Page last updated at 18:07 GMT, Tuesday, 27 May 2008 19:07 UK

Fuel demo adds to road taxes row


Aerial footage of the fuel protests

Lorry drivers have staged a protest at the rising cost of fuel, at the same time as speculation mounted about a government rethink on road tax.

Hundreds of lorry drivers protested in London and a two-mile line of lorries crawled along the M4 towards Cardiff.

Hauliers say diesel prices topping 120p a litre, plus the planned 2p fuel tax rise, will drive firms "to the wall".

Meanwhile, ministers said Alistair Darling was "listening" to fears over plans to raise vehicle excise duty.

The government is planning to increase road tax on older, more polluting vehicles, and next week the chancellor will meet Labour MPs opposed to the plan.

So far, 42 MPs have signed a Commons motion asking him to reconsider the policy on the grounds that it is retrospective and therefore "unfair" to people who have already bought their cars.


While the chancellor cannot control global oil prices, hauliers want an "essential user" duty rebate on fuel of between 20p and 25p a litre to ease competition with foreign haulage companies.

Cheapest unleaded: 108.9p (Mansfield)
Most expensive unleaded: 126.9p (Newport, Isle of Wight)
Cheapest diesel: 115.9p (Banff)
Most expensive diesel: 140.9p (Isle of Mull)
Latest figures from

Mike Greene, leader of the protests in Wales, told the BBC that, unless the government agreed to the rebate within seven days, lorries would blockade refineries and ports.

Peter Carroll, from TransAction 2007 which organised the London protest, said he did not condone blockades, but found it "hard to condemn them", given how much hauliers were suffering.

The BBC's environment analyst, Roger Harrabin, said it was family-run, small and medium-sized firms that were worst hit.

He said large companies were able to raise their rates to absorb higher fuel costs and could also more easily pass on the pain of price rises to consumers.

'Real crisis'

Organisers had hoped as many as 1,000 lorries would take part in the protest in London, but Peter Carroll, from TransAction, said the turnout was about 500. Police put the figure at 300.

We have a worldwide reputation for being an expensive country for fuel. No wonder they call us 'treasure island'
Adrian, Chester

The lorries parked on the eastbound A40 closing the carriageway between the northern roundabout A3220 junction and Paddington from 1000 BST until 1600 BST.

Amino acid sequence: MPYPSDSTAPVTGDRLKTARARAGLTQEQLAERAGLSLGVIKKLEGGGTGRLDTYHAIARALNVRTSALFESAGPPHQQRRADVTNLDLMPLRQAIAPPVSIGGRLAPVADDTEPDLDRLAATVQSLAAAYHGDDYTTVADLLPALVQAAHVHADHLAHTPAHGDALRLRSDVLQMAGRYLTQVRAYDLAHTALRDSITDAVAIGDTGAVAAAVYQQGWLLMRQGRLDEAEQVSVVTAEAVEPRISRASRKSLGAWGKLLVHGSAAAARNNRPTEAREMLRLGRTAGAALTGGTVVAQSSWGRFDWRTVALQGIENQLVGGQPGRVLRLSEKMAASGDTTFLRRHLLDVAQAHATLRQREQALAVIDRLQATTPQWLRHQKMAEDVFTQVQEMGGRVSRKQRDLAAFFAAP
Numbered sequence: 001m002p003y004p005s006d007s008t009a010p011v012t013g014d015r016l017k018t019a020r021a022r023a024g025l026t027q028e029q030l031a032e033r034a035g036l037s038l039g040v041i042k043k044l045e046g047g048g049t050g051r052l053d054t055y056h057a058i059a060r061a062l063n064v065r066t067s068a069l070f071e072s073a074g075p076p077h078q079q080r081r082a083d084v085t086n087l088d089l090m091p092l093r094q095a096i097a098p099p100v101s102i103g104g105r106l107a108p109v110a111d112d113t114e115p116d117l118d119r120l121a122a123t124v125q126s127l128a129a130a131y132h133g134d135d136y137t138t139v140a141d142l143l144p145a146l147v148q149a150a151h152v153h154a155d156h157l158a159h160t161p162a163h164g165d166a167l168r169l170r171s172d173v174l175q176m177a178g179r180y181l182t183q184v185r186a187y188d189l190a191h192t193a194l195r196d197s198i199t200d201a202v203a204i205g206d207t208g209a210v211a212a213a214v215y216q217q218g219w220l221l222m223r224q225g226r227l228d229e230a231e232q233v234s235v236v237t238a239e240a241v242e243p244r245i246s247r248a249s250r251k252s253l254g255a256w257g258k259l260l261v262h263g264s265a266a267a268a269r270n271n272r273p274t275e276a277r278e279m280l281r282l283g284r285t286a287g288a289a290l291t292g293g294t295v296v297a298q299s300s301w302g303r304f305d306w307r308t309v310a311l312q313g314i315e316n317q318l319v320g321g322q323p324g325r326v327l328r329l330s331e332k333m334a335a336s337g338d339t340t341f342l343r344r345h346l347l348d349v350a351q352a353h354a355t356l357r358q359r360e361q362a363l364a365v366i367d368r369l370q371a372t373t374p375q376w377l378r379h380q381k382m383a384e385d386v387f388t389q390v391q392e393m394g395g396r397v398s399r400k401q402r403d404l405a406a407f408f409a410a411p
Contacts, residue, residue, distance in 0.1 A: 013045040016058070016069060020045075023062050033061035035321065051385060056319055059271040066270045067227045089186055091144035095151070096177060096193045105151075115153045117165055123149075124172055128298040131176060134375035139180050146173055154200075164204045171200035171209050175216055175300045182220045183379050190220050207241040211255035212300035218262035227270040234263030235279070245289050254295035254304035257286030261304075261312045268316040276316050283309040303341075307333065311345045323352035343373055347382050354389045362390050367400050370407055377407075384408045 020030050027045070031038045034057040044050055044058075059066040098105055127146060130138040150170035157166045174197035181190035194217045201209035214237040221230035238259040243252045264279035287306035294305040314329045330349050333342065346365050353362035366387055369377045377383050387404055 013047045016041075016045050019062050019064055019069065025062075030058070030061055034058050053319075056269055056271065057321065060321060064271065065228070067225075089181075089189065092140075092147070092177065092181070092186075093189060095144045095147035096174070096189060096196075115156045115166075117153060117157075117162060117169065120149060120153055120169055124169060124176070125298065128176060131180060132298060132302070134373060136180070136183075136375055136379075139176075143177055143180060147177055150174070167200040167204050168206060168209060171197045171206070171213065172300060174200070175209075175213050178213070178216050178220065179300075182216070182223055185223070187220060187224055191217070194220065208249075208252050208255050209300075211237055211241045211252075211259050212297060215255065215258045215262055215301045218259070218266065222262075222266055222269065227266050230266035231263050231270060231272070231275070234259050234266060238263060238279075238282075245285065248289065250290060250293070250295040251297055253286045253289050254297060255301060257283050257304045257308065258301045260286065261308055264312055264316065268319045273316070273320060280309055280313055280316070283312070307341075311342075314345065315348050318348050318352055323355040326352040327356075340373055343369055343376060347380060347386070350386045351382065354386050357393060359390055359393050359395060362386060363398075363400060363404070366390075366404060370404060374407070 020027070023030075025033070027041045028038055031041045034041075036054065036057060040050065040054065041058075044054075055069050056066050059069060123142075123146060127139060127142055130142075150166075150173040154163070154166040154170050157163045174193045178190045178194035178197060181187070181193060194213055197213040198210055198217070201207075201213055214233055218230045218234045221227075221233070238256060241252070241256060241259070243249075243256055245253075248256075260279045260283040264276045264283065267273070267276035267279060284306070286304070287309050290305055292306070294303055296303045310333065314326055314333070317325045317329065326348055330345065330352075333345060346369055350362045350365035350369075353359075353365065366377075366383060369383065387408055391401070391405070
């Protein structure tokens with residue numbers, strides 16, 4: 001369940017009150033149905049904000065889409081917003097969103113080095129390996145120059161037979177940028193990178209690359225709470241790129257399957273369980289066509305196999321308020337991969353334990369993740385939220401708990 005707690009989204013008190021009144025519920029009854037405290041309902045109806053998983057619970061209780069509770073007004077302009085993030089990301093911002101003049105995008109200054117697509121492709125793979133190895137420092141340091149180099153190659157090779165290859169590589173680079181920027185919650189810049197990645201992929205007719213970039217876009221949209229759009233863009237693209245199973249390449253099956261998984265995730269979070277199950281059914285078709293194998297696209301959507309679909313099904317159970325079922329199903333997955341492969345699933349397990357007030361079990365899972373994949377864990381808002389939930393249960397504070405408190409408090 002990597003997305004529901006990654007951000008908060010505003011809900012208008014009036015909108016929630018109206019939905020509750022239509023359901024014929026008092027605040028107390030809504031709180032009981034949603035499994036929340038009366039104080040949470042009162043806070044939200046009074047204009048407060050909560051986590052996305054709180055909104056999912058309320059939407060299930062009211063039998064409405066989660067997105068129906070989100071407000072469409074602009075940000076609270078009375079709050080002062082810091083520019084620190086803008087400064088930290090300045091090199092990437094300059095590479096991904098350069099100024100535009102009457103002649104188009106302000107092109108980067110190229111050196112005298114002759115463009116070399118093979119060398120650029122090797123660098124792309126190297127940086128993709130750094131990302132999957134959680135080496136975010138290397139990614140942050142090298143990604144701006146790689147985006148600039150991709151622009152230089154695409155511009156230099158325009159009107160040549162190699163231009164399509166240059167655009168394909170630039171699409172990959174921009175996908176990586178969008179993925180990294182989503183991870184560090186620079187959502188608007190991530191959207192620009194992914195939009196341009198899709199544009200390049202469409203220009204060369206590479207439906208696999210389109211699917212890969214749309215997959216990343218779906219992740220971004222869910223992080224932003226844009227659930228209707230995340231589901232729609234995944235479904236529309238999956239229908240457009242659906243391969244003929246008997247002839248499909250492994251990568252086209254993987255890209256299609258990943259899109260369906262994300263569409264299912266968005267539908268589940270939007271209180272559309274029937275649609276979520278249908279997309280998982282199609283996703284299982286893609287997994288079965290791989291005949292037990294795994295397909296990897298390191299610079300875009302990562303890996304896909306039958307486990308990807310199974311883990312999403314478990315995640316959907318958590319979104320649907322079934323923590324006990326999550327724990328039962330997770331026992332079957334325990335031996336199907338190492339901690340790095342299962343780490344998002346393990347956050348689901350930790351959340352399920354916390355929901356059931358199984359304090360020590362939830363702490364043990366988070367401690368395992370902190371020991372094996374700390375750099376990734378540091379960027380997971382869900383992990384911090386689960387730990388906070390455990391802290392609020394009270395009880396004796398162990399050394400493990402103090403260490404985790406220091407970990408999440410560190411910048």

Some drivers also joined a rally in central London before petitioning 10 Downing Street. Mr Carroll said hauliers were being "murdered" by rising costs, and the public's response to their plight had been "enormously positive".

"We feel we couldn't have put on a better or bigger display to show the government this is a real crisis," he said.

"The acid test will now be whether they listen to us."

In Wales, police said about 100 lorries took part in a 60-mile convoy protest from Cross Hands, near Llanelli. Other reports put the figure at about 170.

Hauliers protesting against fuel prices
Convoys have blocked the A40 and disrupted traffic on the M4

They had planned to hand in a petition to the Welsh assembly at the Senedd in Cardiff Bay, but police turned back many vehicles and diverted others to a service station west of the city.

Martin Arthur, who owns a haulage firm in Usk, Monmouthshire, said: "We have to make ourselves heard or people will keep walking all over us.

"People will have to stop working sooner or later because there's no point working for a loss."

Commons Transport Committee chairwoman Louise Ellman said ministers should acknowledge widespread concerns over soaring fuel costs but not be forced into policy decisions by protests.

"Everybody is feeling the impact of the increased cost of living," she said. "That's something the government will have to think about."

map showing route of London convoys
Trucks from Cowbit, Lincolnshire head to A40 in London via M1, A406 and Hanger Lane Gyratory
Trucks from M2 Medway Services, Kent head to A40 in London via Vauxhall Bridge, Grosvenor Road, Chelsea Embankment, Finborough Road, Warwick Road, Holland Road and West Cross Route (A3220)
Coaches take drivers from parking on A40 to 1130 BST Marble Arch rally
All vehicles supposed to leave A40 by 1530 BST
A Treasury spokesman said the government understood businesses and families were "feeling the pressure from high fuel prices".

But they said the "immediate priority" was to encourage oil-producing countries to increase output, that a 2p-per-litre fuel duty increase had been put back from April to October and fuel duty was "still 11% below its 1999 level in real terms".

The Treasury also defended its plan to increase vehicle excise duty for vehicles registered since 2001 that emit higher levels of pollutants.

Owners of the most polluting cars could face a rise of as much as 200, but a spokesman said the policy was needed to "strengthen the environmental incentive to develop and purchase fuel-efficient cars".

Business Secretary John Hutton told the BBC the chancellor was "listening to what people are saying about vehicle excise duty".

He also said the government wanted UK hauliers to have "a fair deal" and the chancellor would have "to consider how he wants to go forward on this".

Justice Secretary Jack Straw told the BBC he "fully understood" the hauliers' concerns, but "government revenues have to come from somewhere".

He said any decisions made about increased road tax would be made in the autumn statement.

Petrol price graph

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